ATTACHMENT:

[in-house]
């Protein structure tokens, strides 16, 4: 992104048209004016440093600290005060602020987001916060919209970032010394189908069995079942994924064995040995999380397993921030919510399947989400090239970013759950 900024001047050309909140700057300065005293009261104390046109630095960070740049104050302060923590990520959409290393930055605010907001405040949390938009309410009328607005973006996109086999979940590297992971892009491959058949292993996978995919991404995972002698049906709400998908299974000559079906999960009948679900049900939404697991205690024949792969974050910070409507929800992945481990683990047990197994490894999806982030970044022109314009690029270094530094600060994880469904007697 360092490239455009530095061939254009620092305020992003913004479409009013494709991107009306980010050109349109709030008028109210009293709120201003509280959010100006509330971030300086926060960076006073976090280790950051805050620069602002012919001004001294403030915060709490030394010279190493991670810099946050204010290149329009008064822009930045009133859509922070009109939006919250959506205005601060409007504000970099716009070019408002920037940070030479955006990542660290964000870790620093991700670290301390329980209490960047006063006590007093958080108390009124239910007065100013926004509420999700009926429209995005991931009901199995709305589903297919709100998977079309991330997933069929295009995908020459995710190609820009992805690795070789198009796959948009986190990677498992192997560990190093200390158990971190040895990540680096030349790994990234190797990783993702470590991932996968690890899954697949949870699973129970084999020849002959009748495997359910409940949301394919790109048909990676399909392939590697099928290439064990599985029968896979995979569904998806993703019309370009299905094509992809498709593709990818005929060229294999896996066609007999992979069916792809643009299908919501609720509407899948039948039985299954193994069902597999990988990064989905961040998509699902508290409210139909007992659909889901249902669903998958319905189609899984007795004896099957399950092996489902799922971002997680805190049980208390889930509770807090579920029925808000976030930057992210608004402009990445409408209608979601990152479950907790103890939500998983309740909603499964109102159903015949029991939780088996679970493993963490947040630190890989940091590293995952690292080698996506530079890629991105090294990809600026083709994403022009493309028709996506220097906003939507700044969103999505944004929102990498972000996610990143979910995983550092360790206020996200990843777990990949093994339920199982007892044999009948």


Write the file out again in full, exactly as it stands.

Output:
[in-house]
């Protein structure tokens, strides 16, 4: 992104048209004016440093600290005060602020987001916060919209970032010394189908069995079942994924064995040995999380397993921030919510399947989400090239970013759950 900024001047050309909140700057300065005293009261104390046109630095960070740049104050302060923590990520959409290393930055605010907001405040949390938009309410009328607005973006996109086999979940590297992971892009491959058949292993996978995919991404995972002698049906709400998908299974000559079906999960009948679900049900939404697991205690024949792969974050910070409507929800992945481990683990047990197994490894999806982030970044022109314009690029270094530094600060994880469904007697 360092490239455009530095061939254009620092305020992003913004479409009013494709991107009306980010050109349109709030008028109210009293709120201003509280959010100006509330971030300086926060960076006073976090280790950051805050620069602002012919001004001294403030915060709490030394010279190493991670810099946050204010290149329009008064822009930045009133859509922070009109939006919250959506205005601060409007504000970099716009070019408002920037940070030479955006990542660290964000870790620093991700670290301390329980209490960047006063006590007093958080108390009124239910007065100013926004509420999700009926429209995005991931009901199995709305589903297919709100998977079309991330997933069929295009995908020459995710190609820009992805690795070789198009796959948009986190990677498992192997560990190093200390158990971190040895990540680096030349790994990234190797990783993702470590991932996968690890899954697949949870699973129970084999020849002959009748495997359910409940949301394919790109048909990676399909392939590697099928290439064990599985029968896979995979569904998806993703019309370009299905094509992809498709593709990818005929060229294999896996066609007999992979069916792809643009299908919501609720509407899948039948039985299954193994069902597999990988990064989905961040998509699902508290409210139909007992659909889901249902669903998958319905189609899984007795004896099957399950092996489902799922971002997680805190049980208390889930509770807090579920029925808000976030930057992210608004402009990445409408209608979601990152479950907790103890939500998983309740909603499964109102159903015949029991939780088996679970493993963490947040630190890989940091590293995952690292080698996506530079890629991105090294990809600026083709994403022009493309028709996506220097906003939507700044969103999505944004929102990498972000996610990143979910995983550092360790206020996200990843777990990949093994339920199982007892044999009948």